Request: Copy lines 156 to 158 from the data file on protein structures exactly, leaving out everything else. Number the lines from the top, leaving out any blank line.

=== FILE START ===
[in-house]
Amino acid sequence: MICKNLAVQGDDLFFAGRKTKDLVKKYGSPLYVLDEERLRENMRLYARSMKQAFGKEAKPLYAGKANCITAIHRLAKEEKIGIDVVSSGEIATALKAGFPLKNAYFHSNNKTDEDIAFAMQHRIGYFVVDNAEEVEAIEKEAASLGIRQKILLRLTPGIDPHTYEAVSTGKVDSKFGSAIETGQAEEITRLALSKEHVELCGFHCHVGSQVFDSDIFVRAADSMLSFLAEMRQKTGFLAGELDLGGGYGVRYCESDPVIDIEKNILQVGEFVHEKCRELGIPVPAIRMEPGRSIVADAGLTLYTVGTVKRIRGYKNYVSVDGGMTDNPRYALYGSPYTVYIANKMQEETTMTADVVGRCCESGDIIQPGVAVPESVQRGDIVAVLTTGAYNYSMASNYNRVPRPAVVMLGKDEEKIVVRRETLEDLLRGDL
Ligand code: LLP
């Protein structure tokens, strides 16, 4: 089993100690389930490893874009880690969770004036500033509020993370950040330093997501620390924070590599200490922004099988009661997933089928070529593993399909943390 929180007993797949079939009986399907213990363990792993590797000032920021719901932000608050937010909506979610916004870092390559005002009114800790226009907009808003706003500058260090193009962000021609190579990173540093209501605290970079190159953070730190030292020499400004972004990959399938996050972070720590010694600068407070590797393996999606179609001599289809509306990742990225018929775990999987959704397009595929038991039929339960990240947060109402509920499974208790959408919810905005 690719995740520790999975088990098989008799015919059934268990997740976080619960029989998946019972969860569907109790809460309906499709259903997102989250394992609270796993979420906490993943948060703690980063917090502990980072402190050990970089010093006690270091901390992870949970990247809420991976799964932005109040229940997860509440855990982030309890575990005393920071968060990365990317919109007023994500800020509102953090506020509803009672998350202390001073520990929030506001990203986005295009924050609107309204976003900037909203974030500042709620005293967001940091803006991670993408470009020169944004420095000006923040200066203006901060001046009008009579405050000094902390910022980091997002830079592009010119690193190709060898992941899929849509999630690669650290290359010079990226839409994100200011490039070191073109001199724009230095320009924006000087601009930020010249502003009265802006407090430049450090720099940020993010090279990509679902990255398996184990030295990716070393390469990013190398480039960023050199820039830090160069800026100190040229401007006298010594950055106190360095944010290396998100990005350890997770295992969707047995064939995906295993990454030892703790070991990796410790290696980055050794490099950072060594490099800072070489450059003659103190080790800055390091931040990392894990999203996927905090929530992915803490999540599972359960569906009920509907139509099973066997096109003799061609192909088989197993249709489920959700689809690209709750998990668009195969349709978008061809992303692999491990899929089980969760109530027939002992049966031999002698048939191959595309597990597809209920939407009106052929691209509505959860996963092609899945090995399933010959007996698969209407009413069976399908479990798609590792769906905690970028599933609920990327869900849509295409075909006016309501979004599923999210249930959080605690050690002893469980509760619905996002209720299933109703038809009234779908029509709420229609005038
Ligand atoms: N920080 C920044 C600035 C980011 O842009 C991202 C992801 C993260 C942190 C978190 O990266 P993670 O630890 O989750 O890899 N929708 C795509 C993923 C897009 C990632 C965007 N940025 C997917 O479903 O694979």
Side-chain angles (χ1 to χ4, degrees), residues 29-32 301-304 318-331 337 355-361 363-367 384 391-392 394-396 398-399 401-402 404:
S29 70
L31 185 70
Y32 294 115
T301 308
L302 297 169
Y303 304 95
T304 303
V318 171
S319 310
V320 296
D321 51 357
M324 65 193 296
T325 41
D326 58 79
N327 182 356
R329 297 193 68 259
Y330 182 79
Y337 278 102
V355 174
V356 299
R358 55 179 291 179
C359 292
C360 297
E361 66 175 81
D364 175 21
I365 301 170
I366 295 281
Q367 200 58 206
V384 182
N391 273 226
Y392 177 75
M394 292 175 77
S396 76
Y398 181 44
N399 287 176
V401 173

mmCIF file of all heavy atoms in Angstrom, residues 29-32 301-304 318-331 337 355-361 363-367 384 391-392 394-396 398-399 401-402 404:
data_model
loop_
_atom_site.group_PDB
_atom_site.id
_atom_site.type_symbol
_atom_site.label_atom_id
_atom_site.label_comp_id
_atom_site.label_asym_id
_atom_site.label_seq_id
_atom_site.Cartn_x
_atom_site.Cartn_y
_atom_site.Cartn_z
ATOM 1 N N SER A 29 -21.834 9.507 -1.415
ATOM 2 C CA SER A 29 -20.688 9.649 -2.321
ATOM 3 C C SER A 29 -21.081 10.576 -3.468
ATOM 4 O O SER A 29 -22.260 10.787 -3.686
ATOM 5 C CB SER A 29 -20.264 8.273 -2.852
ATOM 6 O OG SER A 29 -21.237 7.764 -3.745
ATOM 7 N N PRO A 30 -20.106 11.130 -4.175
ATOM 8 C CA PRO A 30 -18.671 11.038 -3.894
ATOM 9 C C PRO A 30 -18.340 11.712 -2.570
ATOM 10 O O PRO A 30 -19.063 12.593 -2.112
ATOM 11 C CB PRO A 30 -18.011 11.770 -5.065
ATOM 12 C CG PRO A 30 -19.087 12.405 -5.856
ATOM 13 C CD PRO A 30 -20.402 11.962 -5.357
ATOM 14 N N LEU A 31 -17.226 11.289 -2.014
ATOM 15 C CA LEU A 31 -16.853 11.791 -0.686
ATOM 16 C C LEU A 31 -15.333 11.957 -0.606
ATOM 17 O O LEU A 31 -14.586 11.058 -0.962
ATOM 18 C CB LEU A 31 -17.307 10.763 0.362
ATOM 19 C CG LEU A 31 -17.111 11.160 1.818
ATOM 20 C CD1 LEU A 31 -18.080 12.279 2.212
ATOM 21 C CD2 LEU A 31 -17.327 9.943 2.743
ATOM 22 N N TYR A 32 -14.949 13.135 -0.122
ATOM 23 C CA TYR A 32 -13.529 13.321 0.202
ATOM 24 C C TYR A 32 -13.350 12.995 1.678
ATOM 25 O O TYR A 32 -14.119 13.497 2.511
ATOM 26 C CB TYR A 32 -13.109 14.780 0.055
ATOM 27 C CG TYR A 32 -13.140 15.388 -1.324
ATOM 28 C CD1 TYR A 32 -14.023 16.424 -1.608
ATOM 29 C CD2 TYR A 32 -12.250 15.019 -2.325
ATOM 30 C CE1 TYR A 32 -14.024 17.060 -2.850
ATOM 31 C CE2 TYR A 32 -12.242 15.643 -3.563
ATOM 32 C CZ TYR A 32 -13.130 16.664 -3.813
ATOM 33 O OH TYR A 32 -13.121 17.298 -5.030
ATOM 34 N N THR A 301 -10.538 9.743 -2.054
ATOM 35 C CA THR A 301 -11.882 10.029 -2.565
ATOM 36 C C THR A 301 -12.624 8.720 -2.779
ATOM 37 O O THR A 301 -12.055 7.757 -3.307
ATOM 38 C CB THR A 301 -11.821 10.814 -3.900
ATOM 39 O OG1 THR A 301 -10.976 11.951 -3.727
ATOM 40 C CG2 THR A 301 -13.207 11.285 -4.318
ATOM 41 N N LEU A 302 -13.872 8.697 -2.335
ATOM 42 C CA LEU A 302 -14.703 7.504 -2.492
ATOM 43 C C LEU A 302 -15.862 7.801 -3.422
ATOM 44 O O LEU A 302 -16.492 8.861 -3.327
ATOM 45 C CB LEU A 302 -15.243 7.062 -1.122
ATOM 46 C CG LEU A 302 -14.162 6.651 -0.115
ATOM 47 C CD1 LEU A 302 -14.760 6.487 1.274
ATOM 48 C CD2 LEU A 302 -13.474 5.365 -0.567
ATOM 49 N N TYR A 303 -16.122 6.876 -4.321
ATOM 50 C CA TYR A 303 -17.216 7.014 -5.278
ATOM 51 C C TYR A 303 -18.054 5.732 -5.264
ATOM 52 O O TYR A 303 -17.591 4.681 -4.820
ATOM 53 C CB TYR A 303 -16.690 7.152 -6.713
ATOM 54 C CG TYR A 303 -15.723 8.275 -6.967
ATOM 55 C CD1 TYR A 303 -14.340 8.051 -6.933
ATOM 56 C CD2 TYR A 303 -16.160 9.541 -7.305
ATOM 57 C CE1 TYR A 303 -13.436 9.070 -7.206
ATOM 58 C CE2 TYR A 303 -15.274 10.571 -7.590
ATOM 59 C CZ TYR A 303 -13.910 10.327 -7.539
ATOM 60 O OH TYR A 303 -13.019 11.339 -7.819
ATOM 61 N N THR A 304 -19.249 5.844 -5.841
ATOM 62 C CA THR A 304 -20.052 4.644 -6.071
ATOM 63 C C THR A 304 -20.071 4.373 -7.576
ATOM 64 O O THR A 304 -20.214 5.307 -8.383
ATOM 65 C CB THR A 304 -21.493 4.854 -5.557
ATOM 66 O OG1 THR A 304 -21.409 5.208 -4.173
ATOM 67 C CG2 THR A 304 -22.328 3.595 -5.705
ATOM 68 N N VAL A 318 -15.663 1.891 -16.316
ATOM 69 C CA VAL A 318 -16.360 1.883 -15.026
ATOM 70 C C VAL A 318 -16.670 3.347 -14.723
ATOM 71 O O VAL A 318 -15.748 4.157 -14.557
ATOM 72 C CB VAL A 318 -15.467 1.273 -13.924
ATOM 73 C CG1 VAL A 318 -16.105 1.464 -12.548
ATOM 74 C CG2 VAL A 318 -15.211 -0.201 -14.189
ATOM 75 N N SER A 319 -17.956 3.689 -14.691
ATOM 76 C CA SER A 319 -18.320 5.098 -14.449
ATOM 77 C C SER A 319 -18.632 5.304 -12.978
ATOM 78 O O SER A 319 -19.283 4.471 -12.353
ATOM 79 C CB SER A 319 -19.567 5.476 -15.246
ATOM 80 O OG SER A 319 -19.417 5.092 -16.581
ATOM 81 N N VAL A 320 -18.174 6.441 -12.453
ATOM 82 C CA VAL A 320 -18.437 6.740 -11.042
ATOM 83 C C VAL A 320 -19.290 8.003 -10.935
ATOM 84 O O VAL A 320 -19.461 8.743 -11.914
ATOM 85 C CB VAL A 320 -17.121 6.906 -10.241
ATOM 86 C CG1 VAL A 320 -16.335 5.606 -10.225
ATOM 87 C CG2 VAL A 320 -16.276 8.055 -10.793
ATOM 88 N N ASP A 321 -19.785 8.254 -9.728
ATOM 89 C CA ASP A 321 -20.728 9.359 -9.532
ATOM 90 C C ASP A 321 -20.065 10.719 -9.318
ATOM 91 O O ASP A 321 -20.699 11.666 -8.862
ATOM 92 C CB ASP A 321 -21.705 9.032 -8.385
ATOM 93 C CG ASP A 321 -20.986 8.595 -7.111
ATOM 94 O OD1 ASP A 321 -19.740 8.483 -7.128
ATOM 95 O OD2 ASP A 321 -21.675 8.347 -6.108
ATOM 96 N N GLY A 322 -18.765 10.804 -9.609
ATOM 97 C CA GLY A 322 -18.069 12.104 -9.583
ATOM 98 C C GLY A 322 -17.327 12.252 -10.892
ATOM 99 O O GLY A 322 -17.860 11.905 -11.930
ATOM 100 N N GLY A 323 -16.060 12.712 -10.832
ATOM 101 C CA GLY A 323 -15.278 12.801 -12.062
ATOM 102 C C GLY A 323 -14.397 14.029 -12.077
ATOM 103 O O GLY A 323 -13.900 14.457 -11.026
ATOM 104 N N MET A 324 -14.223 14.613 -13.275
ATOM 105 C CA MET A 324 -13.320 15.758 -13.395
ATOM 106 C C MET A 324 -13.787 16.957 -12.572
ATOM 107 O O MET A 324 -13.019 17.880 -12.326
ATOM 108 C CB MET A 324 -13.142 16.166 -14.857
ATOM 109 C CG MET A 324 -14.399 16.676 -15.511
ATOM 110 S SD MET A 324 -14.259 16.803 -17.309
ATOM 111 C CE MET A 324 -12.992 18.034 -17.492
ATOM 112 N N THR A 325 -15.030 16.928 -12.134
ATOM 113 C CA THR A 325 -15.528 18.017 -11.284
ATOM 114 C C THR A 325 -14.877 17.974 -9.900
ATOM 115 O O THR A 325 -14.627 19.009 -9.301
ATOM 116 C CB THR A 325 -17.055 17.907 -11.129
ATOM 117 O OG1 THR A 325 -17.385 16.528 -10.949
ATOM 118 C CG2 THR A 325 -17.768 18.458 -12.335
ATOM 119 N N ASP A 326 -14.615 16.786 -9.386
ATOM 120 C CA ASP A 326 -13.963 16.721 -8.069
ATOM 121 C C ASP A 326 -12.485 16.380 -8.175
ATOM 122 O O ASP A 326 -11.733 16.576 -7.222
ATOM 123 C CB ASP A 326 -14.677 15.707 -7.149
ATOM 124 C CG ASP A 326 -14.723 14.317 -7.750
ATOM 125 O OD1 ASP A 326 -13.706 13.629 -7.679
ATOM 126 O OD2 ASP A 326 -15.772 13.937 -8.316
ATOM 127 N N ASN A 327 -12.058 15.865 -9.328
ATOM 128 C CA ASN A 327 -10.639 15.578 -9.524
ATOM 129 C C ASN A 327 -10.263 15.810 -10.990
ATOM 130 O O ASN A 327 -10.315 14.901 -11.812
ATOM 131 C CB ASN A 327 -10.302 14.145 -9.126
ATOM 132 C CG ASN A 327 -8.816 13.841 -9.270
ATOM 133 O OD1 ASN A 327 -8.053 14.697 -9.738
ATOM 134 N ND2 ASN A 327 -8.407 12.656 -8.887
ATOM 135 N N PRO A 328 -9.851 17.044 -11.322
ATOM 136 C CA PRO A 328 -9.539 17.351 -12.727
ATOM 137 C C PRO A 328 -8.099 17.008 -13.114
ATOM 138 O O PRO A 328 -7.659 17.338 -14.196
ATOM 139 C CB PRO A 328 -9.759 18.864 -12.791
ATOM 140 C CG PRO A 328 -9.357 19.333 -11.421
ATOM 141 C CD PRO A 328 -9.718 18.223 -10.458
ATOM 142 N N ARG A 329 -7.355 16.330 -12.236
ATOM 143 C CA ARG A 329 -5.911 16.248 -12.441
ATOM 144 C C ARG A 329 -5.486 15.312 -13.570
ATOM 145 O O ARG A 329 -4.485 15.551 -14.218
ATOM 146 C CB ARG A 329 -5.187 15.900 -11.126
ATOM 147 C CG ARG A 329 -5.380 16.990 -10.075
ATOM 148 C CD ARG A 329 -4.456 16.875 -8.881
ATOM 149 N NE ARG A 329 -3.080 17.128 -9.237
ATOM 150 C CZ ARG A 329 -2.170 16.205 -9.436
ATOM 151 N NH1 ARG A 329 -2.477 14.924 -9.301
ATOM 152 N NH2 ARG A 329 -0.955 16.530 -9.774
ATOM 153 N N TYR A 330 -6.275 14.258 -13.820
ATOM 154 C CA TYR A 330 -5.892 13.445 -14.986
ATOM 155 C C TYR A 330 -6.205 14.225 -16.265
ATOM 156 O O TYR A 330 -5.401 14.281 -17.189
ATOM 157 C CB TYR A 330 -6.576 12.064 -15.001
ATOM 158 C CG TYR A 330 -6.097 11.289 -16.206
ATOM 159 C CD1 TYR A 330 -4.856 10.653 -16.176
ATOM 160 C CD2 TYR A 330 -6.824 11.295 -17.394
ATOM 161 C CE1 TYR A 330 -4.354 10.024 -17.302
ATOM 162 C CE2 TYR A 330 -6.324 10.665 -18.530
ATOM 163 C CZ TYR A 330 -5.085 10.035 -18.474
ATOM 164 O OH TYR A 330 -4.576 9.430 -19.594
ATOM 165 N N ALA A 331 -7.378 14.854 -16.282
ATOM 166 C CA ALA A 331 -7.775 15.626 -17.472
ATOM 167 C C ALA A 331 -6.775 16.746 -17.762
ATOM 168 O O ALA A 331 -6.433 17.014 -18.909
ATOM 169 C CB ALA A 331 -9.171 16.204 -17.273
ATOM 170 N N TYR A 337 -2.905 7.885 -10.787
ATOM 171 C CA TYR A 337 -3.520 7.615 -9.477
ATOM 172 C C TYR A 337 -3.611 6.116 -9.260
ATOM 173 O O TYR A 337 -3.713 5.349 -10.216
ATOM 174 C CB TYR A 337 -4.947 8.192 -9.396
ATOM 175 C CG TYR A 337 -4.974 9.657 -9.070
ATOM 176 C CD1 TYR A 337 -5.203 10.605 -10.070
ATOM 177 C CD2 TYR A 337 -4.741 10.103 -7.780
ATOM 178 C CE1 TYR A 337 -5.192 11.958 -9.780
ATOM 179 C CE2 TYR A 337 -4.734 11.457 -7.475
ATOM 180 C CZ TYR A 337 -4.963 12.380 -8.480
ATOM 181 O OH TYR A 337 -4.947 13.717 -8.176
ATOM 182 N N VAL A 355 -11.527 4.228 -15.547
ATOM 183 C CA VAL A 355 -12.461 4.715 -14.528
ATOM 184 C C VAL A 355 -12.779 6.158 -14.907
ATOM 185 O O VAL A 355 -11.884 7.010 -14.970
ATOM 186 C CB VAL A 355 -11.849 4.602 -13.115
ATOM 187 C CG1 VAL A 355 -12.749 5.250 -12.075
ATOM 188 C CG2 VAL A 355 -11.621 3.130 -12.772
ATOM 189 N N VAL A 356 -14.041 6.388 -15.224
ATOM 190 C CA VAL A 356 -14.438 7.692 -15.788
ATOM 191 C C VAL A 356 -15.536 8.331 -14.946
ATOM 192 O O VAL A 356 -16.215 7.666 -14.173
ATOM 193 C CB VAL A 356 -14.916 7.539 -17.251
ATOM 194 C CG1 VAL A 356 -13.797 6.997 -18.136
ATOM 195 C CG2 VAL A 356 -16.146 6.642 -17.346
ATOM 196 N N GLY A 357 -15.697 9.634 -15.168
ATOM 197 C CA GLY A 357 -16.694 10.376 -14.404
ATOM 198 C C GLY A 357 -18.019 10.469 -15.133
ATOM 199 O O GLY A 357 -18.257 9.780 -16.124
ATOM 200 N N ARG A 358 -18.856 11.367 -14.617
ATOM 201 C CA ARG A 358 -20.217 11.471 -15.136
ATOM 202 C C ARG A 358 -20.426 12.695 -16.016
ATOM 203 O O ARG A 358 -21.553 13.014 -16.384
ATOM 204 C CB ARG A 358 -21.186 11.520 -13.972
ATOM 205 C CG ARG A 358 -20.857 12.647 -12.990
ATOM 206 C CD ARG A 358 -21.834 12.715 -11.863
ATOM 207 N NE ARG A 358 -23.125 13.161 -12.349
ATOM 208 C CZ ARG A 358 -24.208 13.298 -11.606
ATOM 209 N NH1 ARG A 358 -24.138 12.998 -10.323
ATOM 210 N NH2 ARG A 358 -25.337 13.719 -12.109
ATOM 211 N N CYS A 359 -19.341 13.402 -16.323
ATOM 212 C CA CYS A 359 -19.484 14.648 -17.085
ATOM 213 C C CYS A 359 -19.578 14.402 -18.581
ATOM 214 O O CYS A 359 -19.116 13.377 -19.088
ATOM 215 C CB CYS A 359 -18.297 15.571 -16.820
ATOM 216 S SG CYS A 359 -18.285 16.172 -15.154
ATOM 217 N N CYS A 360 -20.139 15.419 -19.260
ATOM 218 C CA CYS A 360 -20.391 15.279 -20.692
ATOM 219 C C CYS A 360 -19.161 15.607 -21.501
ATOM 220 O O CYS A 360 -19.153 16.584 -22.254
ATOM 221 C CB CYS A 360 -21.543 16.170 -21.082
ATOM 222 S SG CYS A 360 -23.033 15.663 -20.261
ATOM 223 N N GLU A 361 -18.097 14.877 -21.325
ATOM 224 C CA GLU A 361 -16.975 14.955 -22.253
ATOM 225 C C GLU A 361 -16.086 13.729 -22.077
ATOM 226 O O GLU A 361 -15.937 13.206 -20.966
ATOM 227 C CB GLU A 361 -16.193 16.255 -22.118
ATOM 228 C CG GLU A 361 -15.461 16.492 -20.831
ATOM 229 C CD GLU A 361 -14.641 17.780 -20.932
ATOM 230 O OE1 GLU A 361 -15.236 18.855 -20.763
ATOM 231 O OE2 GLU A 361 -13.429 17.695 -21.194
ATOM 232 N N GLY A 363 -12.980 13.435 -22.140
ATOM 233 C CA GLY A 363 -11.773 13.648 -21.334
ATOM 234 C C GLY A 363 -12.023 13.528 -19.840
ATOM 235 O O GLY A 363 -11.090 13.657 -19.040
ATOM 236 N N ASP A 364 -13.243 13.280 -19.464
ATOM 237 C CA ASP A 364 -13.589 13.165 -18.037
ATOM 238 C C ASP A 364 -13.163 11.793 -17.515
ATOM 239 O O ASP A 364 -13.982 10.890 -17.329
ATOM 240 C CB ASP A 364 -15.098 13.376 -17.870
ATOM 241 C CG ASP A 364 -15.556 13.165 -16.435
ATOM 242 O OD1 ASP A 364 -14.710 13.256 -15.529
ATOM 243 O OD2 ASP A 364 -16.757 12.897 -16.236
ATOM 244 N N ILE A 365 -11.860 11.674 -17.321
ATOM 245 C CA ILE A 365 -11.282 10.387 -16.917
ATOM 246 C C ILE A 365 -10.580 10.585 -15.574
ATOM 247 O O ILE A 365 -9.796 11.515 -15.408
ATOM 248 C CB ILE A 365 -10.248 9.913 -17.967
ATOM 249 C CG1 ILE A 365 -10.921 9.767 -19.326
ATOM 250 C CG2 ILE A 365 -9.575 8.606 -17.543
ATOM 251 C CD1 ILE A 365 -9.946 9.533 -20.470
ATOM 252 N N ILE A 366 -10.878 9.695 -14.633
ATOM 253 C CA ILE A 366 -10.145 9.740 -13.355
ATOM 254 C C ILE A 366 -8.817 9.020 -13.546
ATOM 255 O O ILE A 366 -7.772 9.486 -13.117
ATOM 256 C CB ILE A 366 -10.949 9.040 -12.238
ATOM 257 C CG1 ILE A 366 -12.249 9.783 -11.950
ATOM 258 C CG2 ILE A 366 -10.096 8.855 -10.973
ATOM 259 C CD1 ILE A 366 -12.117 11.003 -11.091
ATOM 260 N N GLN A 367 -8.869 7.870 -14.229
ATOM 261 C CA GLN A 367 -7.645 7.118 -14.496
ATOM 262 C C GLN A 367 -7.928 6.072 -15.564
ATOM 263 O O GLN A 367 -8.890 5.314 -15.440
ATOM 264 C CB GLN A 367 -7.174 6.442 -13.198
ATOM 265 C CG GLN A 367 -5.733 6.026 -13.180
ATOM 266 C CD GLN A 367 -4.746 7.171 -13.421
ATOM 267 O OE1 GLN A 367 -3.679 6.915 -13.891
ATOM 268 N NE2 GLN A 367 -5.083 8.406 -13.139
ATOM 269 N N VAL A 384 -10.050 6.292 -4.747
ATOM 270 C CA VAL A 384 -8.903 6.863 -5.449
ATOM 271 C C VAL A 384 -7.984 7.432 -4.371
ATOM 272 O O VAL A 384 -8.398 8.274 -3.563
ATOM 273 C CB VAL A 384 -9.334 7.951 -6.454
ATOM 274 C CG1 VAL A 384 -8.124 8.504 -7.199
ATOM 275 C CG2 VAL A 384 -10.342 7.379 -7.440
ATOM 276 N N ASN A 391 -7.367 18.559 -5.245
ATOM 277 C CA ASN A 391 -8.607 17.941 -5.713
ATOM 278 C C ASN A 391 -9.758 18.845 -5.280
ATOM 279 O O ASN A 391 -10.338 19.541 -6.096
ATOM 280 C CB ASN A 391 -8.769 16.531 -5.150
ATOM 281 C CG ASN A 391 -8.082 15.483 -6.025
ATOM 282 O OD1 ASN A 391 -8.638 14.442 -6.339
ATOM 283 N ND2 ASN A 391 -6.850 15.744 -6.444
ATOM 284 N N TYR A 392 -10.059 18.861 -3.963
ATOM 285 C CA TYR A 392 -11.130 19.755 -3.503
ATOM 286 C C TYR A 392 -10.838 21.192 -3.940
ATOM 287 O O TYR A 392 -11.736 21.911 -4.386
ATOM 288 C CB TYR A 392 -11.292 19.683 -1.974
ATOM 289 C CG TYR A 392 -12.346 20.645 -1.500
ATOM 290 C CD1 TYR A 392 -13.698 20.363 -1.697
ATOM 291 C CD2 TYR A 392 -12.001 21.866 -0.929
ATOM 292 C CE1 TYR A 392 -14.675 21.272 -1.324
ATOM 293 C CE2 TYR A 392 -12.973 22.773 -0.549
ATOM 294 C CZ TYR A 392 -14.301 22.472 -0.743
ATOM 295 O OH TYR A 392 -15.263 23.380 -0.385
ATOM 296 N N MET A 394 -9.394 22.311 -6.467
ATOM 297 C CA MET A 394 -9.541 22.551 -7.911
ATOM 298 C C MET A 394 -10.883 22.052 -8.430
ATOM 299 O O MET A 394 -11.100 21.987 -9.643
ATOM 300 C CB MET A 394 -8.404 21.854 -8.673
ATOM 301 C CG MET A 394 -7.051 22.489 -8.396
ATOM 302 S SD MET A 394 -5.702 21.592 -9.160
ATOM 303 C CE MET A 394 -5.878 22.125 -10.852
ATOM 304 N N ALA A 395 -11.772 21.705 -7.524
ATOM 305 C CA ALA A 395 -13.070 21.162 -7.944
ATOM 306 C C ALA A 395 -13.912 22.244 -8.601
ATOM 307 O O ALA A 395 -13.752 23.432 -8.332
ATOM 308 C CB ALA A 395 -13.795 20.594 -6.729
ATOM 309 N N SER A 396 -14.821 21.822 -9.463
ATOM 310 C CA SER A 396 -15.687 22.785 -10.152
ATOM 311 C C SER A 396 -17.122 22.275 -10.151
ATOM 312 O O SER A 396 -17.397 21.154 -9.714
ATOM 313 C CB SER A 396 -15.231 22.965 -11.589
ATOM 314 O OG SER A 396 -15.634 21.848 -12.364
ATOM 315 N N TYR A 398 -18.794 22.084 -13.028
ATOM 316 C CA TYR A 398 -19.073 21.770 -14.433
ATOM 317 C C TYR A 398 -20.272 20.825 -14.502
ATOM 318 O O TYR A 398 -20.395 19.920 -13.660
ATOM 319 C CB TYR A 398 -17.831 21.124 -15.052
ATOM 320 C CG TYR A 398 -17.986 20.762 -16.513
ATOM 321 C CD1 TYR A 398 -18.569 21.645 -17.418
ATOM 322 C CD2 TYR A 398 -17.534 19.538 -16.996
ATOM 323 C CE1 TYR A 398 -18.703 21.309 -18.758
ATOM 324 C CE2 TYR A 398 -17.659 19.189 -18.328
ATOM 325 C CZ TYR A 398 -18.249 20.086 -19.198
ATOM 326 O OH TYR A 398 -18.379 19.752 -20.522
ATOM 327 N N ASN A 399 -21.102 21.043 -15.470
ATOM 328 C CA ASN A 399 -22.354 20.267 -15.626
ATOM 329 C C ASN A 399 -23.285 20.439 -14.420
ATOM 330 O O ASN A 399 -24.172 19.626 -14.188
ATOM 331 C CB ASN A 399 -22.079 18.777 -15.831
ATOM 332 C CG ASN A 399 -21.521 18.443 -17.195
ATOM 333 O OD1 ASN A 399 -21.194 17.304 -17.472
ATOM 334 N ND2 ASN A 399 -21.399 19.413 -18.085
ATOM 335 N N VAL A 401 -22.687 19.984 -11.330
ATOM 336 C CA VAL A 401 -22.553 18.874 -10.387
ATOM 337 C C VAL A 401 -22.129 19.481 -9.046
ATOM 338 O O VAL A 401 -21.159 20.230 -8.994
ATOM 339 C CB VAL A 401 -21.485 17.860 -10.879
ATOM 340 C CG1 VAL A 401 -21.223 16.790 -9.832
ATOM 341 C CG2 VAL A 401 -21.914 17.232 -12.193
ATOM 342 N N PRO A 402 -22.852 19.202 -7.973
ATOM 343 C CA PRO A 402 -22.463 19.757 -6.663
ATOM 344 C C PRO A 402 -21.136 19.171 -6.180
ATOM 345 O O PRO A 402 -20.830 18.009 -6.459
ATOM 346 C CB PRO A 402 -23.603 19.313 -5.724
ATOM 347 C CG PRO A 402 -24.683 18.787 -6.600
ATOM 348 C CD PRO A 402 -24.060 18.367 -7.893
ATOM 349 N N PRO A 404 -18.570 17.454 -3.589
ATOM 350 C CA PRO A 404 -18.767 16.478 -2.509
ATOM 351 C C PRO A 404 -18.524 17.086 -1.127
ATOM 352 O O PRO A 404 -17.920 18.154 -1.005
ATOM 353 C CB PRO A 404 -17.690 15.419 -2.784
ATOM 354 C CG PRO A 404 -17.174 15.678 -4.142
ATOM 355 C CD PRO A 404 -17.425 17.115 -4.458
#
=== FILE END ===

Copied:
ATOM 101 C CA GLY A 323 -15.278 12.801 -12.062
ATOM 102 C C GLY A 323 -14.397 14.029 -12.077
ATOM 103 O O GLY A 323 -13.900 14.457 -11.026